A polished flint axe was discovered in 1966 somewhere in the parish (Oxoniensia, 33 (1968), 138; Ashmolean Museum). An iron object described as a 'cultrum or chopper' together with an 'iron knife or spatula' and a Roman coin of Vespasian were discovered at Astrop in the 19th century (JBAA, 17 (1861), 70; VCH Northants., I (1902), 216).

d(1) Enclosure (?) (SP 507336), in the S. of the parish, on Marlstone Rock at 95 m. above OD. Air photographs (NCAU) show a curved ditch which may be part of a large circular or oval enclosure about 30 m. wide.

c(2) Round Barrow (SP 50193864), N. of the village and a little S.W. of Buston Farm, on the summit of a rounded hill of Marlstone Rock, at 122 m. above OD. The barrow was destroyed without excavation in about 1910 during ironstone-mining. It was about 33 m. in diam., and about 1 m. high, and apparently contained a crouched burial. (G. Baker, Hist. of Northants., I (1822–30), 703; Oxford Arch. Soc. Reps., 56 (1910), 36; OS Record Cards)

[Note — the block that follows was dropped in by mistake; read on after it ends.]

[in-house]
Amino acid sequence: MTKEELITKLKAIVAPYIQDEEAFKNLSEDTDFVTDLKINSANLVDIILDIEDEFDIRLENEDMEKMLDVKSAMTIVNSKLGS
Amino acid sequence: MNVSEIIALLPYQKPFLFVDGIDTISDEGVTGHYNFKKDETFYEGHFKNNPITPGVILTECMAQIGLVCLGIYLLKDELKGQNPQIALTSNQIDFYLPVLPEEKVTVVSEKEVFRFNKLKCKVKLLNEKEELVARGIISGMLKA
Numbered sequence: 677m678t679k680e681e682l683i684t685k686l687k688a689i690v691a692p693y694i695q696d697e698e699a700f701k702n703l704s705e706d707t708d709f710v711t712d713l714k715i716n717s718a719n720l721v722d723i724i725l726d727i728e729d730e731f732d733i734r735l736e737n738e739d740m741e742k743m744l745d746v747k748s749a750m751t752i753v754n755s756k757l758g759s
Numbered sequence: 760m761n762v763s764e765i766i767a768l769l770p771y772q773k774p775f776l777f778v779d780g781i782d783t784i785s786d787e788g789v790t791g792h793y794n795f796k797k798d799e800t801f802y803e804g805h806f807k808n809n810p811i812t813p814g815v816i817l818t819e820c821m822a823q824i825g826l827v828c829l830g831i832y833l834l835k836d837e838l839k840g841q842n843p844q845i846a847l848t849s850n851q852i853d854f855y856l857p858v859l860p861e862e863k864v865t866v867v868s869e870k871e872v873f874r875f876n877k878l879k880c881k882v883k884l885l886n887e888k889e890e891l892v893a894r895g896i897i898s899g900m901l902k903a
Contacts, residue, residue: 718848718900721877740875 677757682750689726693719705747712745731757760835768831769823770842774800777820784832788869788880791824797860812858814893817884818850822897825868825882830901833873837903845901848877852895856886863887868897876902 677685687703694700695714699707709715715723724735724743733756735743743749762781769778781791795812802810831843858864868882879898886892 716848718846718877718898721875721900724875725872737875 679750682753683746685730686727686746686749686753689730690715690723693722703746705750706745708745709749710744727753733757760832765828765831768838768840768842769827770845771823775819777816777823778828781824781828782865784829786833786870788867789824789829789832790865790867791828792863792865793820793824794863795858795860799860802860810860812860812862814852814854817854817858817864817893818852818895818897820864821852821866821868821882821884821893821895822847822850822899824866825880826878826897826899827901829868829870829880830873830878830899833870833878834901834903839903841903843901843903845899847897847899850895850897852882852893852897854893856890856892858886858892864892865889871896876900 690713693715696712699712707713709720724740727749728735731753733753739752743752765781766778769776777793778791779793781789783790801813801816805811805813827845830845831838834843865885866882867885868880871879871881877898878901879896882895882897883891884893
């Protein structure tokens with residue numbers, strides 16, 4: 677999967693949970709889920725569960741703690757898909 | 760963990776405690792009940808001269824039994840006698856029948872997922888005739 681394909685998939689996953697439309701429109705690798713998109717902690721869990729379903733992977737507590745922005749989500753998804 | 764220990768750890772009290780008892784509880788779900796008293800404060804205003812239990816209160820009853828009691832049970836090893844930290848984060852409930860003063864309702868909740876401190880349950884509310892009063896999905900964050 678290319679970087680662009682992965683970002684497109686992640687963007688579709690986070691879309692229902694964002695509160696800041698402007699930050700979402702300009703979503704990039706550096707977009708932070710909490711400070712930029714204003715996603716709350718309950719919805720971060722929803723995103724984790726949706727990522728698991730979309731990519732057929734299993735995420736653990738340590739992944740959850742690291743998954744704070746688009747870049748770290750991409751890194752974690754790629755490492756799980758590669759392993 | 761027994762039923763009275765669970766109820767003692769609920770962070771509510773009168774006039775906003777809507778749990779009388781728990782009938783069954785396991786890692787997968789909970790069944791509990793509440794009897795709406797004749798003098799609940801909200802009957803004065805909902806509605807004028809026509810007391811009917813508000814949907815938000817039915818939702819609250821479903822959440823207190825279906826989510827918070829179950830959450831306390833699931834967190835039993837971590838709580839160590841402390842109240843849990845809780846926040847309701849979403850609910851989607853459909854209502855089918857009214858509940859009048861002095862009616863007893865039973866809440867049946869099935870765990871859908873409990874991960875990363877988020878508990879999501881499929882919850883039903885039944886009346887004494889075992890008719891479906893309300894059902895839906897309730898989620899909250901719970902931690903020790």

c(3) Round Barrow (SP 50253860), immediately S.E. of (1) and in a similar position. It was destroyed by ironstone-mining in about 1910 but no finds are recorded from it. (G. Baker, Hist. of Northants., I (1822–30), 703; Oxford Arch. Soc. Reps., 56 (1910), 36; OS Record Cards)

c(4) Round Barrow (?) (about SP 508382). described by Baker (Hist. of Northants., I (1822–30), 703) as being in a very prominent situation on High Thorn Hill above 'Buston House'. High Thorn Hill has been identified but no indication of a barrow survives. Much of the area formerly had ridge-and-furrow on it. (RAF VAP CPE/UK/1926, 5208– 9)